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Georgia Regents University holds job fair

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Lindsey Gerow drove from Savan­nah, Ga., on Friday to pass out résumés at an Augusta job fair in hope of landing a job teaching art at one of Georgia’s public schools.

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Takeisha Taylor (left) talks to Sebrina Petterson about job opportunities. More than 90 booths were set up in Christenberry Fieldhouse on Friday.  SARA CALDWELL/STAFF
SARA CALDWELL/STAFF
Takeisha Taylor (left) talks to Sebrina Petterson about job opportunities. More than 90 booths were set up in Christenberry Fieldhouse on Friday.

By midafternoon, she had stopped by a handful of state Board of Education booths at Georgia Regents University’s annual Expo Career Fair. The 27-year-old is close to receiving her K-12 teaching certification at Armstrong Atlantic State University.

“I figured this would be a good chance to get some face time and to figure if I was heading in the right direction,” said Gerow, who teaches art at children’s camps. “If I was teaching any other subject, I could choose better, but my passion is art and I have to go where they’ll take me or I’ll just keep doing children’s camps, which is really fun, anyway.”

Several hundred job-seekers filed into Christenberry Fieldhouse, where more than 90 organizations were passing out information and offering employment.

The job fair has been around for more than two decades, but this is the first since Augusta State and Georgia Health Sciences universities consolidated in January.

Employers, ranging from the health care and education sectors to office and industrial companies, had both immediate and future openings.

GRU Career Services Director Julie Goley said employer participation increased 30 percent since last year’s event.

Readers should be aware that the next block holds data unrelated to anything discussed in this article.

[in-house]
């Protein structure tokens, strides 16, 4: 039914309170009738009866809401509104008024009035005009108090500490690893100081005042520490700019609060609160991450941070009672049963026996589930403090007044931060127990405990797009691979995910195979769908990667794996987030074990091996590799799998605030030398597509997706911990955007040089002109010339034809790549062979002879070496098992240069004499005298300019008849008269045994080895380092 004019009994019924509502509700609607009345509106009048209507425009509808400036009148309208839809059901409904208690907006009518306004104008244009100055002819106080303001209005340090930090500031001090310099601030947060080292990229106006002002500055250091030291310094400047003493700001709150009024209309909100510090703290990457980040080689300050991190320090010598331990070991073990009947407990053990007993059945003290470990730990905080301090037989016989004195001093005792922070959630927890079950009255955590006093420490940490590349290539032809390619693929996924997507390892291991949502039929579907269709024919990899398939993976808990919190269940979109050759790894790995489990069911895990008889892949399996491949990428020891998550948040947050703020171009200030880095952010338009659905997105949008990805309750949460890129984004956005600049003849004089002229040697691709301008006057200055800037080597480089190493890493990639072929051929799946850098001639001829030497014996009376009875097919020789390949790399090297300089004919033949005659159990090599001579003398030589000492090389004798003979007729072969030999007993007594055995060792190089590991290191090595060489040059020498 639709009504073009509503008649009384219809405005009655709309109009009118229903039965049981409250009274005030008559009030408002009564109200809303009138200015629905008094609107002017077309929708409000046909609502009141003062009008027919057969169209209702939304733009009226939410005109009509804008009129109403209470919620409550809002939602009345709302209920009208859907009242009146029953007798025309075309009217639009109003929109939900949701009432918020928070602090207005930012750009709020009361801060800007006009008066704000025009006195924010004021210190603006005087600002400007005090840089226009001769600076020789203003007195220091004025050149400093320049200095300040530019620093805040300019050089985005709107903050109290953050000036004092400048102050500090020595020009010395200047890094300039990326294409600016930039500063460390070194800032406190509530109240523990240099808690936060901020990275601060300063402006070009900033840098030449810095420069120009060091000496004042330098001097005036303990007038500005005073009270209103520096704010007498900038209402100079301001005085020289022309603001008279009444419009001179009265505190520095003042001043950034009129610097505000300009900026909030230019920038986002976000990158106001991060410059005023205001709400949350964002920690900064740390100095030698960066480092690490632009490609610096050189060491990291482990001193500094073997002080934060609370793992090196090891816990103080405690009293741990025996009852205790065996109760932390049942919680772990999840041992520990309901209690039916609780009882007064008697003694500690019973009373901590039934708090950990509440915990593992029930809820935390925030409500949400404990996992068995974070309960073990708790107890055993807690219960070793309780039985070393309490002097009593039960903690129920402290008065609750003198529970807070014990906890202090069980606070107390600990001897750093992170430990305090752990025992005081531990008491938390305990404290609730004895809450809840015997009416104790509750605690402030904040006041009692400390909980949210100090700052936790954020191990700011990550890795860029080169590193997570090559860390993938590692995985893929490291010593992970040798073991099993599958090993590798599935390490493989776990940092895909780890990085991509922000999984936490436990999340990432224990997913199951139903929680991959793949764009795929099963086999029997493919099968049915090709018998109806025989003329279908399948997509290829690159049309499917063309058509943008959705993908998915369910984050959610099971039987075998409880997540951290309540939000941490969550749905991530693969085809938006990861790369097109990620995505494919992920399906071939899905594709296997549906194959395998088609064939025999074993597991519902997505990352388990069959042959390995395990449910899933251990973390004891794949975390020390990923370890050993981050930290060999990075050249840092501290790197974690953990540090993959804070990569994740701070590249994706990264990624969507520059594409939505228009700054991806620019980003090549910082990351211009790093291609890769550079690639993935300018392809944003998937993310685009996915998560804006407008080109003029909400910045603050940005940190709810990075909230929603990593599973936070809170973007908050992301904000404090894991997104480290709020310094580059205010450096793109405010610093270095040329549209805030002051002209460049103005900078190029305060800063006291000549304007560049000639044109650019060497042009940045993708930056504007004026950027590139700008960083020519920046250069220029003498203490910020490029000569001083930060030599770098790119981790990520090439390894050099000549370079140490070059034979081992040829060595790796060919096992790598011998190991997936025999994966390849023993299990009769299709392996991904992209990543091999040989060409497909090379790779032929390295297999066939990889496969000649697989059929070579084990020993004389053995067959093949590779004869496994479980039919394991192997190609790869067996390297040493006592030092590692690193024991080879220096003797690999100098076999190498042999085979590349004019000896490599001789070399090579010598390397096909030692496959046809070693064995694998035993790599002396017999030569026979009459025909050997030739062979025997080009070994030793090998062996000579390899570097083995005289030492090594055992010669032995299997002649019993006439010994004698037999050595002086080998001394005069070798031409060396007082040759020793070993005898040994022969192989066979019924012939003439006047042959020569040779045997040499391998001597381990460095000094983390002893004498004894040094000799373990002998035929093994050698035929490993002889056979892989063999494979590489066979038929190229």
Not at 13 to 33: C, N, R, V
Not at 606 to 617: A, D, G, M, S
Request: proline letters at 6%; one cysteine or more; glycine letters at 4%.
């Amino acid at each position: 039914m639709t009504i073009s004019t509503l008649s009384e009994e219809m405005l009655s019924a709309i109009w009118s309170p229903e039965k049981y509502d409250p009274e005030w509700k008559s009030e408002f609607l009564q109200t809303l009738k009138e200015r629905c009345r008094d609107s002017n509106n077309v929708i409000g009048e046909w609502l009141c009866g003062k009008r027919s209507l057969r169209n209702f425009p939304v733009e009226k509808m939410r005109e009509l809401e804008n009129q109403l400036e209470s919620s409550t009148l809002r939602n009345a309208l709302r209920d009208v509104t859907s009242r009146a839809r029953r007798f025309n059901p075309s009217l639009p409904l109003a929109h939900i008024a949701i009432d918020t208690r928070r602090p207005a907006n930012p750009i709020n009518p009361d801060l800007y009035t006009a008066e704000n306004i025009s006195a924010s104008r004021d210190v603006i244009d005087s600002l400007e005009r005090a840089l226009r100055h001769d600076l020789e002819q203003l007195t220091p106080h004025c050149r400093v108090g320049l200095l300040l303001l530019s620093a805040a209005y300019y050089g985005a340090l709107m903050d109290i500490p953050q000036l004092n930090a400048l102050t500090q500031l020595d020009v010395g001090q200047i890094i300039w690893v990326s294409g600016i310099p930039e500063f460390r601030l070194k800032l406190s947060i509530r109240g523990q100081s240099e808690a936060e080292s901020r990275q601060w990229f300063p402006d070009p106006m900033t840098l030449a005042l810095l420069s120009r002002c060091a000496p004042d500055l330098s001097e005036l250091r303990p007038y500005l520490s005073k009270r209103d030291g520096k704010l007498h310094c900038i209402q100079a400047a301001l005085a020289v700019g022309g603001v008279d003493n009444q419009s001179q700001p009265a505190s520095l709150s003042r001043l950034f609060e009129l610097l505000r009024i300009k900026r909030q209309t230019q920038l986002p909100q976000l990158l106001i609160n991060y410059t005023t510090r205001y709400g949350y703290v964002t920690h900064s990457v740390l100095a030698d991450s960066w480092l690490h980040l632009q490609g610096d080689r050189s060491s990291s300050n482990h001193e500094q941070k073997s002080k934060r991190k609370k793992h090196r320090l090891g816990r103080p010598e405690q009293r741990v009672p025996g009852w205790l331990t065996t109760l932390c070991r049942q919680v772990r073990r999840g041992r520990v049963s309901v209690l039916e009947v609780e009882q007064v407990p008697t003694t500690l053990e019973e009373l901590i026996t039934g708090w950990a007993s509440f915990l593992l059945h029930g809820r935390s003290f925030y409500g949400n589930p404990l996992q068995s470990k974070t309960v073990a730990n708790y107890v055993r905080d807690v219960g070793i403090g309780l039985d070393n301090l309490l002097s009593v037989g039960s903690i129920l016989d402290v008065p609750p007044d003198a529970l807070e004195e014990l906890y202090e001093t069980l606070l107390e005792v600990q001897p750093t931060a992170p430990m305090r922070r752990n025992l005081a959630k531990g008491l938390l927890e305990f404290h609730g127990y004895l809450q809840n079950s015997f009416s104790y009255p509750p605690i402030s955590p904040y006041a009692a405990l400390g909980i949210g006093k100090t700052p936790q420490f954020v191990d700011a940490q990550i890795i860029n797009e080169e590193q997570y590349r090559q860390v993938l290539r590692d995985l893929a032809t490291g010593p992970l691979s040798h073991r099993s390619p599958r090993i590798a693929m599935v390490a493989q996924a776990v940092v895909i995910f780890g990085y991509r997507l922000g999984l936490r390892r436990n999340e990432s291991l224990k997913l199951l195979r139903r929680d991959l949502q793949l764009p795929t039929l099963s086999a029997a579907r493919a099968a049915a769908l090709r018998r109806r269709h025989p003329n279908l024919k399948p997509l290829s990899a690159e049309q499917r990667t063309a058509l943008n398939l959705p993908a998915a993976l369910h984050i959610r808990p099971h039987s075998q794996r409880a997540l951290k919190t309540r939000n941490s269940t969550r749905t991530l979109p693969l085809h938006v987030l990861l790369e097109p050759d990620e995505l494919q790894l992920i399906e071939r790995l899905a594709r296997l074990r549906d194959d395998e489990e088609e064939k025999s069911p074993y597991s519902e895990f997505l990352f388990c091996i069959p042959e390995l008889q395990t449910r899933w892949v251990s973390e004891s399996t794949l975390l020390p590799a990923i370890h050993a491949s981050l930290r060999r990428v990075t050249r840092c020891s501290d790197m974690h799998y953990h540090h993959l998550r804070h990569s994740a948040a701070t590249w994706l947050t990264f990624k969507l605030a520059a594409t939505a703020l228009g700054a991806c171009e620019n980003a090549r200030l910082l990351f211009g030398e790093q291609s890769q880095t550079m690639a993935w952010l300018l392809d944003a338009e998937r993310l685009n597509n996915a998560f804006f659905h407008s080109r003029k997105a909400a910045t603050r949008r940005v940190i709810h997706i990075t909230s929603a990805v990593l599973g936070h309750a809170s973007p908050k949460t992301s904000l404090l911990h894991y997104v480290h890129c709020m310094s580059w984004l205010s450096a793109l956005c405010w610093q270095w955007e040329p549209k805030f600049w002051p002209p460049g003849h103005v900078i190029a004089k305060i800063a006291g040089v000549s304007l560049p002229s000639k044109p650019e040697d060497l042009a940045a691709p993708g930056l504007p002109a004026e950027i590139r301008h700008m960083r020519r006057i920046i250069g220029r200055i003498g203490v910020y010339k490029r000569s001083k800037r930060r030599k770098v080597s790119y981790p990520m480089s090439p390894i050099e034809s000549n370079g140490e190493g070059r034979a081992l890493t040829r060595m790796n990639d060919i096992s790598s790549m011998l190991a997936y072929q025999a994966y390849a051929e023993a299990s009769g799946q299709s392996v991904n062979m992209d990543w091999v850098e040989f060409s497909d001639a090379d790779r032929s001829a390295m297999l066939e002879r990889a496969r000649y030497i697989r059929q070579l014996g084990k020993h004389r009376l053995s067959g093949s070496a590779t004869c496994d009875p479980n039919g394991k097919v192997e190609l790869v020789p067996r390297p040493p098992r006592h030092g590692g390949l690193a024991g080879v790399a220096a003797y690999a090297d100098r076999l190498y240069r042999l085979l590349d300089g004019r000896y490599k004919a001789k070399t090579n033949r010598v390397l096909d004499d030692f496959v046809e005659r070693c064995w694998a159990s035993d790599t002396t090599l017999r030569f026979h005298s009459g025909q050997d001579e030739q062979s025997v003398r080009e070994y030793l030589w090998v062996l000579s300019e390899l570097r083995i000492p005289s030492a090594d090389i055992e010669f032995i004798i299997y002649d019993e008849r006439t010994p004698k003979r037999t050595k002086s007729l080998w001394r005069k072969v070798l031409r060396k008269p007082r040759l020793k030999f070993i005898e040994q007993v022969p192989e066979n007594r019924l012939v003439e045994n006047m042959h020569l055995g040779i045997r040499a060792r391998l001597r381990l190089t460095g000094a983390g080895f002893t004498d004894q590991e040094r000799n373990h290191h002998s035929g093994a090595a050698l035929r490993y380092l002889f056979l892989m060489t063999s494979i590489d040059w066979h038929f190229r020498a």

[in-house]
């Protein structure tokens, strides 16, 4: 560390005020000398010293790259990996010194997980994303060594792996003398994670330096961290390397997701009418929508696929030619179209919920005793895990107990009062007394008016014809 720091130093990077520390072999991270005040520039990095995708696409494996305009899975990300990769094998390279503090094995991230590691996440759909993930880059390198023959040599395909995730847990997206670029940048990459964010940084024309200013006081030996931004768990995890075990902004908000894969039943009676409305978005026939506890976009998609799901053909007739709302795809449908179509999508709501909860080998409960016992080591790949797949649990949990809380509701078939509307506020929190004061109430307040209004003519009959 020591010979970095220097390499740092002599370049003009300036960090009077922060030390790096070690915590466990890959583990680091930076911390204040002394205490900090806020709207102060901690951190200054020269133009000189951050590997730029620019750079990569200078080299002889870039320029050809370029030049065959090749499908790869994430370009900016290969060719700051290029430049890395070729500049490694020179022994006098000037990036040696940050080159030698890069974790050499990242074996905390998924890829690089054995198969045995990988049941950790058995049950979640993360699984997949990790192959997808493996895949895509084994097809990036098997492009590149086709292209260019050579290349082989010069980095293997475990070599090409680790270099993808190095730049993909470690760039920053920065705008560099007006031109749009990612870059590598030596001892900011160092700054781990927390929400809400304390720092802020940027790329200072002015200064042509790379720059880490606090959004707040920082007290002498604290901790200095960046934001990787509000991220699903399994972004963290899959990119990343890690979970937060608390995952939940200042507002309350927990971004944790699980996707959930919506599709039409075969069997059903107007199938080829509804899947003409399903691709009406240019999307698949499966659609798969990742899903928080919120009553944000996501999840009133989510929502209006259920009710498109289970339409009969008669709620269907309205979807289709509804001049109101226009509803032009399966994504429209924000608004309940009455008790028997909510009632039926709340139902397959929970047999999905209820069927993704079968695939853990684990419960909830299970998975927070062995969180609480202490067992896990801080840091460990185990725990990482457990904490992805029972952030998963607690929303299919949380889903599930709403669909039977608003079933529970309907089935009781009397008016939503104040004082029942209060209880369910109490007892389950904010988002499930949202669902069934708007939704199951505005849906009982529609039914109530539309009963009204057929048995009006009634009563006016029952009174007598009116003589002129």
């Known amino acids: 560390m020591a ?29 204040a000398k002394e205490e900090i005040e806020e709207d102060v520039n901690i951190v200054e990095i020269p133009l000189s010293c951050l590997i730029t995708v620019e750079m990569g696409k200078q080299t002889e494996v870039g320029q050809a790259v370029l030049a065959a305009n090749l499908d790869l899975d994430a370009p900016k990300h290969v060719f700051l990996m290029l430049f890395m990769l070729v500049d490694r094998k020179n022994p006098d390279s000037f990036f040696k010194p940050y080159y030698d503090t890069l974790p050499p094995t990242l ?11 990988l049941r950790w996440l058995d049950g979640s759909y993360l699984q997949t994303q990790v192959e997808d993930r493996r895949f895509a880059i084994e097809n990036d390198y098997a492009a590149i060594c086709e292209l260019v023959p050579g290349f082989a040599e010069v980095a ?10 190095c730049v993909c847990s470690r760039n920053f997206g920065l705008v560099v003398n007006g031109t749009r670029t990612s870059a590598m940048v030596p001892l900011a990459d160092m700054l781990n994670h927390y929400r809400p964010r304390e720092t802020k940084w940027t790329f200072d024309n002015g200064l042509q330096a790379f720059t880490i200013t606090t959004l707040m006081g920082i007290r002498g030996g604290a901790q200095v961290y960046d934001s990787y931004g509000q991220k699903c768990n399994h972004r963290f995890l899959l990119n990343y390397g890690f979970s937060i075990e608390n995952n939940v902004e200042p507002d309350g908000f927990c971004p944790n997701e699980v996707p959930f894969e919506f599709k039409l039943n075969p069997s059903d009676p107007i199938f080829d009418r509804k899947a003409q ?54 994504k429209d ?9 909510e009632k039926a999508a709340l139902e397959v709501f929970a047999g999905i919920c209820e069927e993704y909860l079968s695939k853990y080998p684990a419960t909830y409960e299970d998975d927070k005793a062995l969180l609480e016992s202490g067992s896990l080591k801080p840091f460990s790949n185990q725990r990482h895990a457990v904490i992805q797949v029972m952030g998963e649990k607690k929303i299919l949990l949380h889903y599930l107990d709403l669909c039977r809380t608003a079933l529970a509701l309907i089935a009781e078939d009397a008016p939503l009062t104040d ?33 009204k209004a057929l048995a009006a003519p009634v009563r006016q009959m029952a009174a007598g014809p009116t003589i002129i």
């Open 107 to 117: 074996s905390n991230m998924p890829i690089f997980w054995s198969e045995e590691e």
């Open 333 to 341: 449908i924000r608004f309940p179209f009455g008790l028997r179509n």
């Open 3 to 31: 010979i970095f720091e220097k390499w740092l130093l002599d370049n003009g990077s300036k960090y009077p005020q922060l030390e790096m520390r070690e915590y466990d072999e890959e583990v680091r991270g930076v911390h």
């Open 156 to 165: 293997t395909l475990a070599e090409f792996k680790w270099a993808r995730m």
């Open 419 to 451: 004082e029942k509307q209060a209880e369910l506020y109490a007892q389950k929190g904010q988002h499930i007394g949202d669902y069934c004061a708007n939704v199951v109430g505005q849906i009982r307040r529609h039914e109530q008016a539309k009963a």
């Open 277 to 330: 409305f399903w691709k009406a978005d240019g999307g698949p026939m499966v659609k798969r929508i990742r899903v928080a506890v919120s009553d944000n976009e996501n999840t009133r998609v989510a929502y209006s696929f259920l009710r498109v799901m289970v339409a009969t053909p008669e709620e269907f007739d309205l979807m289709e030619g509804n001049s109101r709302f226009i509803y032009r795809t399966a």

“I don’t know if that’s due to an up-tick with the economy or if that’s due to Georgia Regents University and a wider diversity of program offerings, but we’ll take it,” she said.

Seeing how job-searchers present themselves and show their personalities is what guides Sonja Gundersen, of Bankers Life and Casualty Co. in Martinez, when she looks at potential employees.

“With this job, you have to be friendly,” said Gundersen, whose insurance company had taken part in the job fair for four years.

Advances in technology have deper­sonalized the job search in recent years, Goley said.

“This is a way to put a job-seeker in direct contact with employers so you have that face-to-face interaction,” she said. “It’s that networking so that you can really stand out in a sea of electronic applicants.”

GRU graduate student Jack Baze­more was looking for a job in financial services and visited ADP and State Farm representatives shortly after arriving at the job fair.

“I think it will help me feel out the companies a little bit,” said Bazemore, who is working toward his master’s degree in business administration. “It’s not just about finding a job well. It’s about finding the right fit.”


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